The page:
Beto O’rourke, calls Obama, and Trump’s management of the immigration of the practices

in the vicinityVideoBeto O’rourke under the magnifying glass for the 1998 DWI car accident

The officer who investigated Beto O’rourke 1998 crash and all disputes, claims from the 2020 presidential candidate, that he is not trying to flee the scene of the accident.

Democratic presidential candidate Beto O’rourke criticized both the Obama and Trump administrations for their immigration practices Wednesday in the “people Forum” at Texas Southern University in Houston.

O’rourke, 46, was asked whether the U.S. Immigration and Customs Enforcement (ICE) should be dissolved. From the audience was heard to reply, “Yes, come on.”

“I hear you,” the former Congressman replied. “The practices under this President, the practices under the last President, where the families were split. Where have you had the internal enforcement, I think in a year alone in the previous administration of 400,000 deportations from within the United States.”

O’rourke was referring to 2012, where the U.S. deportations reached 409,849 people, according to ICE enforcement and Removal Operations report. In 2015 and 2016, the number fell to 235,413 and 240,255, respectively.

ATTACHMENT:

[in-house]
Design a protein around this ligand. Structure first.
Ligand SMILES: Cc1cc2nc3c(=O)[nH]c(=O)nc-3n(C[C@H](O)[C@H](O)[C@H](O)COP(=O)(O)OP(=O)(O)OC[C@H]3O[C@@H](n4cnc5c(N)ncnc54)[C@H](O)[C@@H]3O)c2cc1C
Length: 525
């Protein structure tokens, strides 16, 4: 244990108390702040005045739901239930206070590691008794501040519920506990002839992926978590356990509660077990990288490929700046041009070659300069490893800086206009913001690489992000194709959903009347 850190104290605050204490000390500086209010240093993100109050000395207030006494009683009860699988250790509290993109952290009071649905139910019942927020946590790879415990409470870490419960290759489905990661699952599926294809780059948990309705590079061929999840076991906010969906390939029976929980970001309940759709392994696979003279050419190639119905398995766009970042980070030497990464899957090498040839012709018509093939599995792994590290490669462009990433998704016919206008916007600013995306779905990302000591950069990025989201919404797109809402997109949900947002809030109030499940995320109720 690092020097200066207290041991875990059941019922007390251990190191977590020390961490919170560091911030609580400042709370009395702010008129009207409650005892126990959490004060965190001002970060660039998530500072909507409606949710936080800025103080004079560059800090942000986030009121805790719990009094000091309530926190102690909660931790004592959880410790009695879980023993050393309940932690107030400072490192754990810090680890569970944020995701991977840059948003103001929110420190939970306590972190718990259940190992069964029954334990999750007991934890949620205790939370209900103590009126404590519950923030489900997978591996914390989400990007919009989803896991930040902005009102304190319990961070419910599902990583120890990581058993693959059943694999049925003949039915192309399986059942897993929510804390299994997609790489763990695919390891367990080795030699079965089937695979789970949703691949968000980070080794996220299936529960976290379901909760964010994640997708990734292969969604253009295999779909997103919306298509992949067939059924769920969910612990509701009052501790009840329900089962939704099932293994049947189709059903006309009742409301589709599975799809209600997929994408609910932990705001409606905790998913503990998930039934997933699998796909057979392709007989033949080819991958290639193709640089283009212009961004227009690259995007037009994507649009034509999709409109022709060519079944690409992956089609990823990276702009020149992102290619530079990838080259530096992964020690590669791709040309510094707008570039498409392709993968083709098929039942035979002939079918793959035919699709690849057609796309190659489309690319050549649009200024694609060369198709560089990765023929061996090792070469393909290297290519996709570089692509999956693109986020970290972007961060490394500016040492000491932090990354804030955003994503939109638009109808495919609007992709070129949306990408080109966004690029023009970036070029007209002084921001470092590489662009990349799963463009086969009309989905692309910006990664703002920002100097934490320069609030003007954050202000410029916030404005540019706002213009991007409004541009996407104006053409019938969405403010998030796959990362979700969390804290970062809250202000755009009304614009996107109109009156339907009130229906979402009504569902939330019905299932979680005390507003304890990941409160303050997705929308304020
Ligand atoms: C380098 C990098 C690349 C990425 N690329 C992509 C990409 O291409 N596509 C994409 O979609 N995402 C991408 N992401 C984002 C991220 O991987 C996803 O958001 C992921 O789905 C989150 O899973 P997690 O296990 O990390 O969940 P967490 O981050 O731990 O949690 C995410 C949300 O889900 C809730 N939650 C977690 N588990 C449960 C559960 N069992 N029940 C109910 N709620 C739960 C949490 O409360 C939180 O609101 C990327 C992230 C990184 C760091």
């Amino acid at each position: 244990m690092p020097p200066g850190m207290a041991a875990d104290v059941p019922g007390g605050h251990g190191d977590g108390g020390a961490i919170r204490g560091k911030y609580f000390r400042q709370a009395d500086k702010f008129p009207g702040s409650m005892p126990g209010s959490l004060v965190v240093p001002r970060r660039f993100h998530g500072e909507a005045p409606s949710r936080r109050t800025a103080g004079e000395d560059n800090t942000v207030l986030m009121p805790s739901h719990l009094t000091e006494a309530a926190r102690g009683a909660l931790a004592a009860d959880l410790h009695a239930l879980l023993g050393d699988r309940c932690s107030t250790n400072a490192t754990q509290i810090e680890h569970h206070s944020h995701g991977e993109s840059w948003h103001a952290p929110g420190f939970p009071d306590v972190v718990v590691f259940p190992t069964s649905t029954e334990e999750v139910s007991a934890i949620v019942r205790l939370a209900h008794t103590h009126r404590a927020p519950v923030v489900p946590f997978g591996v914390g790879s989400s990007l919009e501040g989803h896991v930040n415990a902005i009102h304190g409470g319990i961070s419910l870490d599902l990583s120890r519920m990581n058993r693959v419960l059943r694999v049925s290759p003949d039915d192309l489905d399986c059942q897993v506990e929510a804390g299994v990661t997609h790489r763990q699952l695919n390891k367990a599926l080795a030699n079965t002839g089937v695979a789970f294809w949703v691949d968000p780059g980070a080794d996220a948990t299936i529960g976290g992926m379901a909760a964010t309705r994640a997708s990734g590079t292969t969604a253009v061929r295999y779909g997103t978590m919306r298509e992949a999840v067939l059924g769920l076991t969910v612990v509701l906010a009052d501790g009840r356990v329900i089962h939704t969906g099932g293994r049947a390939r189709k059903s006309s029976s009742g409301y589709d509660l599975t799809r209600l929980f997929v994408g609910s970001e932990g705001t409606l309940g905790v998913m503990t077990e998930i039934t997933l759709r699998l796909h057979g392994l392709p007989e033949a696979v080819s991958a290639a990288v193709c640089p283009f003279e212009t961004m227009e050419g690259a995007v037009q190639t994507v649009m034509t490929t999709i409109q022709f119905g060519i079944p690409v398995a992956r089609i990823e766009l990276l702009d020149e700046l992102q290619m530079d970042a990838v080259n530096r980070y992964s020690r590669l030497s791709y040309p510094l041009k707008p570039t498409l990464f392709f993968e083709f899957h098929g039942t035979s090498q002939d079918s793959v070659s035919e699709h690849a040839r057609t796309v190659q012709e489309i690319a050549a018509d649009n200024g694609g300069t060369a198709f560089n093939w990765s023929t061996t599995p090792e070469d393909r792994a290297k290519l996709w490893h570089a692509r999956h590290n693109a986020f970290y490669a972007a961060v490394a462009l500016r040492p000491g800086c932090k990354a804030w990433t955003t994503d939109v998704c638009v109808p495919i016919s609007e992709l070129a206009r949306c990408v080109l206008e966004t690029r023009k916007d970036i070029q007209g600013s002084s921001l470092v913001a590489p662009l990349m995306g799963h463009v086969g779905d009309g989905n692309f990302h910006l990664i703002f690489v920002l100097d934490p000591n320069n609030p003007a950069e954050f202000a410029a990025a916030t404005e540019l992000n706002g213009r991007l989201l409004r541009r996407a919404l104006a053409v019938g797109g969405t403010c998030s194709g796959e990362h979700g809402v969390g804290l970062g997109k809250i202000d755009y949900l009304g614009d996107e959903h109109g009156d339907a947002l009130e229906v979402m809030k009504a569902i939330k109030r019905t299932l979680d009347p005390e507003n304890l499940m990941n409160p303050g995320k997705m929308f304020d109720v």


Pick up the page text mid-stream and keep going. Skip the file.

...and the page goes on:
To say the 2020 candidate continued: “Some people, you take for decades here, not a threat to their families, to their communities in this country, in fact, in such a way that you can measure, wear collective.”

O’rourke said he believed that “we need these internal raids and deportations, and enforcement.”

“We need to make sure that the one who threatens the lives of our fellow citizens, or violence, it is responsibility,” he continued.

He concluded his remarks by saying that the internal processes, not by ICE, “the way to do it.”

If you press it, whether or not ICE would exist when he was President, O’rourke replied:”.”

“It will not, however, to employ such practices, we have seen, not only in this government but under the previous administration,” he said.



ICE cream has become a topic for debate for the presidential candidates During the midterm elections, Sen. Kirsten Gillibrand, D-NY, candidates for the presidency, said ICE should be dissolved and rebuilt.

“I believe that it is become to force a deportation. And I think you should of the criminal justice and immigration disconnect,” she told CNN’s Chris Cuomo. “I think they should reimagine the ICE under a new Agency, with a completely different mission, and these two missions. So we believe that we should be protecting families that need our help, and that is not what ICE is doing today.”

In June 2018, Sen. Elizabeth Warren, D-Mass., also as an exchange ICE “with something that our morality reflects, and the works,” according to The Hill. Warren is also a part of the crowded field of the 2020 Democratic presidential candidates.

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